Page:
Wednesday, June 10, 2009

Bachiñ Aai

Bachiñ, diirañ-sañkhañ, taaro. All jungle fruits. The seasons of these fruits were incentives to go to the jungles for any kind of work. It is the season of bachiñ these days.

Some friends, these days, are talking about planting these wild fruit trees in the bamboo gardens - in fact replacing the bamboos with all kinds of fruit trees and other more useful trees like salyo. What about bamboo? They can be grown in the outskirts of the Ziro valley in the areas of traditional sansuñs. Sounds like some people have started thinking!


  1. Hi Aku
    Nice post- it remind me of "Morey/Sansung hoka tiipe ading chiko biido laka baching porte niimi".

    By the way, I took your photo of Baching aai for use in my blog.
    ( ).
    Hoping you would not mind it.

  2. Go ahead and use it. I note that you have used my photo of senyi apu as well.
    Best wishes.

  3. Thanks a lot.

    by the way
    Am confused aku !! on your comment in"Lets save tanii" about "NYOKHE"
    Do its name(pronounce/tone) similar/different to that of "black panther/jaguar(NYOKHE)"-

  4. Well, when I came down to Shillong a month back and first thing I did was shop for baching, yorkhung, yorkhung hamang, siiyang hamang, hugu hamang ets. We get varities of baching here. All those leafy vegetables and jungle fruits which are so much favoured in Ziro are available here.Infact, what is scarce in Ziro is plenty in shillong. Though it is more expensive.

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  6. Well I wouldn't agree to replacing the bamboo gardens with trees of wild fruits in its entirety. Bamboo in Tanii society has its own uniqueness and importance. Without bamboo Tanii culture would be incomplete in a sense, imagine Murung, Myoko or Dree without bamboo. In days of yore it was desire of every Tanii to have ukko bijii. And bamboo gardens in outskirts of valley would be more difficult to maintain and sustain.

    Having said so trees can be planted in bamboo gardens as far as practicable ( it has been the practice, e:g most pine trees in bamboo garden are result of plantation). But the rule of thumb should be remembered, where there are more trees less bamboo will grow.

    Anyway even now we can find Bachiins fruits in Bijiis

  7. @taj. Solid concern. We cannot do without bamboo. An American friend was amazed at the variety of ways the Apatanis use bamboo, "You eat bamboo (bamboo shoot), cooked in bamboo (sudu) and eat them with bamboo (piinyu) sitting on the bamboo mat in the bamboo hut!"
    And Ah! the other uses of bamboo!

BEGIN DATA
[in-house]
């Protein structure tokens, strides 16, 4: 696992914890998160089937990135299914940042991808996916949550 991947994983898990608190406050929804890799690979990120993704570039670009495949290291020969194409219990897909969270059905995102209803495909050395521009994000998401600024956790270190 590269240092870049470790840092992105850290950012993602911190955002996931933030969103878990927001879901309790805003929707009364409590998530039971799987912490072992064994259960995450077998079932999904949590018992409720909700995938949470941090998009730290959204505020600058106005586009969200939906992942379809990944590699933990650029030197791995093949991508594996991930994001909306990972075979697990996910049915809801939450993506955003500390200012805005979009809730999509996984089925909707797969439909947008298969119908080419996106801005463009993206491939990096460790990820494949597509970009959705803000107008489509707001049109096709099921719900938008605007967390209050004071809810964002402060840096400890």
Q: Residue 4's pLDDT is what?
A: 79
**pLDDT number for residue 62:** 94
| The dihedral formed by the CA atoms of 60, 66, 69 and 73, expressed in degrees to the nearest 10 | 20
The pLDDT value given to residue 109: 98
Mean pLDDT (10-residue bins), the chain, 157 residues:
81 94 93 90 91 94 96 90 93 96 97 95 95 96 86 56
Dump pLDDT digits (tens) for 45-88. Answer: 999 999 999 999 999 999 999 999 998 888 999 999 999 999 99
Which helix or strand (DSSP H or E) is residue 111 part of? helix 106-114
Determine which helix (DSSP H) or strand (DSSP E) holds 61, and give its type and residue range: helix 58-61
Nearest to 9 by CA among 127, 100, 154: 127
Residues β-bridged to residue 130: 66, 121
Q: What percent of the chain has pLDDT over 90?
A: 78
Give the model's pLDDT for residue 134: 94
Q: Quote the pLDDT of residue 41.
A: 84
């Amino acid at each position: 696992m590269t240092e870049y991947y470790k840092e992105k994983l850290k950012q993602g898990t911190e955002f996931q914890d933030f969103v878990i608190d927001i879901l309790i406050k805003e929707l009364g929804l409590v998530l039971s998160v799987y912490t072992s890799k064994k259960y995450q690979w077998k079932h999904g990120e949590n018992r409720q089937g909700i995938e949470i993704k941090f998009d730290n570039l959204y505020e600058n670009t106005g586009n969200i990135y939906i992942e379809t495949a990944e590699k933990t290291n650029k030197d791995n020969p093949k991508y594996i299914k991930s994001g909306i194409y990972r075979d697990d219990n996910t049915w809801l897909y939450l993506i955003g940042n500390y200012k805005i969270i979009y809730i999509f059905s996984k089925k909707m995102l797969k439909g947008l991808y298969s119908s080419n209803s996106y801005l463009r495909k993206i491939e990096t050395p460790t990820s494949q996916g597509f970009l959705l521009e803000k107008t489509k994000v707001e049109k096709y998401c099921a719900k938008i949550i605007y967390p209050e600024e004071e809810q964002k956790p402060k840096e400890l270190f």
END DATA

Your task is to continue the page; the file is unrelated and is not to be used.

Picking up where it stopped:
On the other hand, bamboo groves today occupy some of the best areas of the Apatani valley. We think we need to re-think this practice since bamboos can grow on the slopes of the hill in the outskirts of the valley as well. Just a thought, though.

  8. How ironic, a being from afar, could alone make us at least think of it. If only we could be self critical, self assessing, self correcting and self developing!

  9. hi nice blogs,if u don,t mind m taking ur baching, i feel like having now.

  10. Sir ji agung takar/chukar lindo kiih

  11. Are you maintaining the archives of yrs blog ? Otherwise pl do it for future generation . . . Let them learn ours tradition value from it .

  12. Bamboo is in our blood. We eat bamboo, eat with bamboo, make with bamboo, sleep with bamboo, earn with bamboo so on so forth. We can create bamboo grove in "Sansung" but what about its distance because we have became lazier and lazier do all mannual works? Plus, we all have became obsessed with modern transportation. These days because of economic improvement every body wants to have 'Uko Bije', 'lenngo aji' 'kuchi sansung' 'lewhoo miding' etc.

    However, 'baching sanii' may be planted in 'bije' as well as in 'sansung' as you would not be planting them in large scale for commercial purpose.

    Do you know there are thre 'baching sanii" in 'Kano Putu'. I don't know if it attained its fruiting age right now.

    This I have seen during my last visit to ziro in July, 2009.
    May confirm by making a field visit, if not believed.

    Blr. Kar.

  13. any idea whats the scientific(or common) name of bachin?

  14. Hi Buru,

    What about Myrica esculenta (syn: M. nagi), commonly known as Kaphal Tree in India ?
    Check out a picture of its fruits from this link:

  15. PB & Buru,
    The pictures look exactly like bachin, except that I have never seen bachins so red. May be they get red when ripe enough - I don't know.
    Thanks for the link. Let us confirm.